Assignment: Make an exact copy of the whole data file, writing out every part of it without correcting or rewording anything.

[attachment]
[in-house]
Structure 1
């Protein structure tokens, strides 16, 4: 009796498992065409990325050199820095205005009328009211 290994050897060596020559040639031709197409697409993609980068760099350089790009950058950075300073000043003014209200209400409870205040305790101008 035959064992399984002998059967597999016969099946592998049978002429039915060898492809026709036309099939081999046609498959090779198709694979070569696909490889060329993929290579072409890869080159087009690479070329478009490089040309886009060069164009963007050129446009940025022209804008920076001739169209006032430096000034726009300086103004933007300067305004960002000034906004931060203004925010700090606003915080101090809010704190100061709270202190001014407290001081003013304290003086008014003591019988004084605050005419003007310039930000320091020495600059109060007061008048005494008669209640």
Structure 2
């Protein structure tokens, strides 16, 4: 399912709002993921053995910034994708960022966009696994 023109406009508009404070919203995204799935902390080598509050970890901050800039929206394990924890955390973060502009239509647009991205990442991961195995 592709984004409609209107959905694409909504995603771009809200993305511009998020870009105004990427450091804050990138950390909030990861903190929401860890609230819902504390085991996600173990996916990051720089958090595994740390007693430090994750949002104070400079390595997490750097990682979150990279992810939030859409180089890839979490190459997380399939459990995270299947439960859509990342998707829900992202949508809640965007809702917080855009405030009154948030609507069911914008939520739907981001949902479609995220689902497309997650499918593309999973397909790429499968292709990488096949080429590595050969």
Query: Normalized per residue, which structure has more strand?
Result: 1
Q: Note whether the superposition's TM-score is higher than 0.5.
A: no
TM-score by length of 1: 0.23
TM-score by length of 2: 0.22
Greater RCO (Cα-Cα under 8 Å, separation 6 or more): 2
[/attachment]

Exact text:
[in-house]
Structure 1
């Protein structure tokens, strides 16, 4: 009796498992065409990325050199820095205005009328009211 290994050897060596020559040639031709197409697409993609980068760099350089790009950058950075300073000043003014209200209400409870205040305790101008 035959064992399984002998059967597999016969099946592998049978002429039915060898492809026709036309099939081999046609498959090779198709694979070569696909490889060329993929290579072409890869080159087009690479070329478009490089040309886009060069164009963007050129446009940025022209804008920076001739169209006032430096000034726009300086103004933007300067305004960002000034906004931060203004925010700090606003915080101090809010704190100061709270202190001014407290001081003013304290003086008014003591019988004084605050005419003007310039930000320091020495600059109060007061008048005494008669209640």
Structure 2
């Protein structure tokens, strides 16, 4: 399912709002993921053995910034994708960022966009696994 023109406009508009404070919203995204799935902390080598509050970890901050800039929206394990924890955390973060502009239509647009991205990442991961195995 592709984004409609209107959905694409909504995603771009809200993305511009998020870009105004990427450091804050990138950390909030990861903190929401860890609230819902504390085991996600173990996916990051720089958090595994740390007693430090994750949002104070400079390595997490750097990682979150990279992810939030859409180089890839979490190459997380399939459990995270299947439960859509990342998707829900992202949508809640965007809702917080855009405030009154948030609507069911914008939520739907981001949902479609995220689902497309997650499918593309999973397909790429499968292709990488096949080429590595050969």
Query: Normalized per residue, which structure has more strand?
Result: 1
Q: Note whether the superposition's TM-score is higher than 0.5.
A: no
TM-score by length of 1: 0.23
TM-score by length of 2: 0.22
Greater RCO (Cα-Cα under 8 Å, separation 6 or more): 2